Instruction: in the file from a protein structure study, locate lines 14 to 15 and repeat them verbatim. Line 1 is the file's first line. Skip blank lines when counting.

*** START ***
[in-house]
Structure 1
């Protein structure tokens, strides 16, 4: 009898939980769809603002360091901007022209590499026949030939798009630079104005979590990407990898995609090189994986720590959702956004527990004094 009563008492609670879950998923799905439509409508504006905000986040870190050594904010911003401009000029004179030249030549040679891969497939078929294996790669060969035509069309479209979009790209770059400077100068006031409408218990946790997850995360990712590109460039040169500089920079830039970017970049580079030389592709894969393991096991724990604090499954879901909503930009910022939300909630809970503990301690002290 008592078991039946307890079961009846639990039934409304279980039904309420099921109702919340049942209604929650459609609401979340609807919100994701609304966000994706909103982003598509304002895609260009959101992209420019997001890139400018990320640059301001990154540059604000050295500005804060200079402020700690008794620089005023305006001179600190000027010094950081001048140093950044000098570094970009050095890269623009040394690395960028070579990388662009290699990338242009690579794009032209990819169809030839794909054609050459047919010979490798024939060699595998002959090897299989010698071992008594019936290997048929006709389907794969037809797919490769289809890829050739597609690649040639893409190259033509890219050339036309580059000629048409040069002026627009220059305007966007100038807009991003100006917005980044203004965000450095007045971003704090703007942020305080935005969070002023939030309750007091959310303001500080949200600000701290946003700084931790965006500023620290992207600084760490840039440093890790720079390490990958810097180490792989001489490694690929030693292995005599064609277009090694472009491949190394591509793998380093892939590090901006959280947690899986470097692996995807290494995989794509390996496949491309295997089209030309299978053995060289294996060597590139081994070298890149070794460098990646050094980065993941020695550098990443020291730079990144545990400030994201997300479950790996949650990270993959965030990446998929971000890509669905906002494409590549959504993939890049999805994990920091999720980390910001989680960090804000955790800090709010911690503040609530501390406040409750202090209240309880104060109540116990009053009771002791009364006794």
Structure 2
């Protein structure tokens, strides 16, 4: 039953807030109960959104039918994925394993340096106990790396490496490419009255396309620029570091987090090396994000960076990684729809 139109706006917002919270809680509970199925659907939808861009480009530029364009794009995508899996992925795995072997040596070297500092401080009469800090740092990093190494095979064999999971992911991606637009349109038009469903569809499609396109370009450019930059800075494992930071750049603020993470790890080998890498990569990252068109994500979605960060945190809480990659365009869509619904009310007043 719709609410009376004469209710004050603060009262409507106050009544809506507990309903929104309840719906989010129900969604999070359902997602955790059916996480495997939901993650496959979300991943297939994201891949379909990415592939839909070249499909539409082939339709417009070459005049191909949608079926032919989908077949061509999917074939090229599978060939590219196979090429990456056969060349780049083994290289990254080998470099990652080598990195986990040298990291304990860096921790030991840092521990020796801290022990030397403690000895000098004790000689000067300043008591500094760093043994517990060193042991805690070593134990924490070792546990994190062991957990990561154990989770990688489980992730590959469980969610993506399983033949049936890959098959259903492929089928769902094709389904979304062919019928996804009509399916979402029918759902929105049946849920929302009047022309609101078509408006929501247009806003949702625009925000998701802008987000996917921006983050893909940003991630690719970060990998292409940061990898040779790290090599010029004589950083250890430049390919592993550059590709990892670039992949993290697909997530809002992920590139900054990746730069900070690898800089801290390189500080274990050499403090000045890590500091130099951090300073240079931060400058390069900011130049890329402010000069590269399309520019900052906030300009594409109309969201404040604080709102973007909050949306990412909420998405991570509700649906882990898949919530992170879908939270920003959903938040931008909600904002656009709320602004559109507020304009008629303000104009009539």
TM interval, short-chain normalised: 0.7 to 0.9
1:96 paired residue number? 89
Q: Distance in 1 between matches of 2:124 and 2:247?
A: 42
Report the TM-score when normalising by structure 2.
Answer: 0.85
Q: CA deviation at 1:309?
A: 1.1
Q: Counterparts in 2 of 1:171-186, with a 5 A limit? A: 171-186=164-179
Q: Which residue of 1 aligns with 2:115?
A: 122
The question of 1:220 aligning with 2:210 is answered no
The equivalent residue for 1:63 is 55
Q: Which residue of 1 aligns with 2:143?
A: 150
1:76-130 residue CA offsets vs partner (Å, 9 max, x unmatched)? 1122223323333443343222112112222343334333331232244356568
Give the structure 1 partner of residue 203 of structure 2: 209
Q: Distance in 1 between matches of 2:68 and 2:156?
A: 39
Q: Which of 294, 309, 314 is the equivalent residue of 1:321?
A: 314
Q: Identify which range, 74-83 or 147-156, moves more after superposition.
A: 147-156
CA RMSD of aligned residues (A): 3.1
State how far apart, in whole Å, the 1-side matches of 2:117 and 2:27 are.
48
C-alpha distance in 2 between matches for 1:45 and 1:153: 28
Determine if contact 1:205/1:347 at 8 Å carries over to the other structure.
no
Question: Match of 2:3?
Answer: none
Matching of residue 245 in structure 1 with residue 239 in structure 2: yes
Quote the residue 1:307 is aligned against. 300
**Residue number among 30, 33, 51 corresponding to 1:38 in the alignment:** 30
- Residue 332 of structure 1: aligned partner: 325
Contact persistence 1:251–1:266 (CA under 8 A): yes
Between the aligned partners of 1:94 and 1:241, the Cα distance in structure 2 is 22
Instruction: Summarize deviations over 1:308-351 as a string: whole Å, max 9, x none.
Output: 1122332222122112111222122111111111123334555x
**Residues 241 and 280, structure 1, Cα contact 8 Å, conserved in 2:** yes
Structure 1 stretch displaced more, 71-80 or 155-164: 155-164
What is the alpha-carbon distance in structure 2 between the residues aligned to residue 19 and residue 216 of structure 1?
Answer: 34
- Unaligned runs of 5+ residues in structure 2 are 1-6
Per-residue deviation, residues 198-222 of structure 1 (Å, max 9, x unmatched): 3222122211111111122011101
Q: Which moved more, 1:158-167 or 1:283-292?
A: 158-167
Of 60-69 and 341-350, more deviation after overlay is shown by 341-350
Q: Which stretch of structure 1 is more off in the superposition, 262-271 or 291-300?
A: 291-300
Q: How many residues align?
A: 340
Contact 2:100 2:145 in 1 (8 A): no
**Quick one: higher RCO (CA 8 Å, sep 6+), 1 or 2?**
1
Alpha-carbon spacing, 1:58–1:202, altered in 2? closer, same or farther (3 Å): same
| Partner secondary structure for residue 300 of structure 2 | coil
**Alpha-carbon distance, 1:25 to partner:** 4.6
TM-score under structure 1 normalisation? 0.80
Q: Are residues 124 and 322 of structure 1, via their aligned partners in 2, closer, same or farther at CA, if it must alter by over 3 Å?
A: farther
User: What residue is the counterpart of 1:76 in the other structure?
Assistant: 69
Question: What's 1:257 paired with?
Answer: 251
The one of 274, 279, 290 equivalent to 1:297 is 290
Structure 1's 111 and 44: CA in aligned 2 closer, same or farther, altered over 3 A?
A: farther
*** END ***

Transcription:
Q: Counterparts in 2 of 1:171-186, with a 5 A limit? A: 171-186=164-179
Q: Which residue of 1 aligns with 2:115?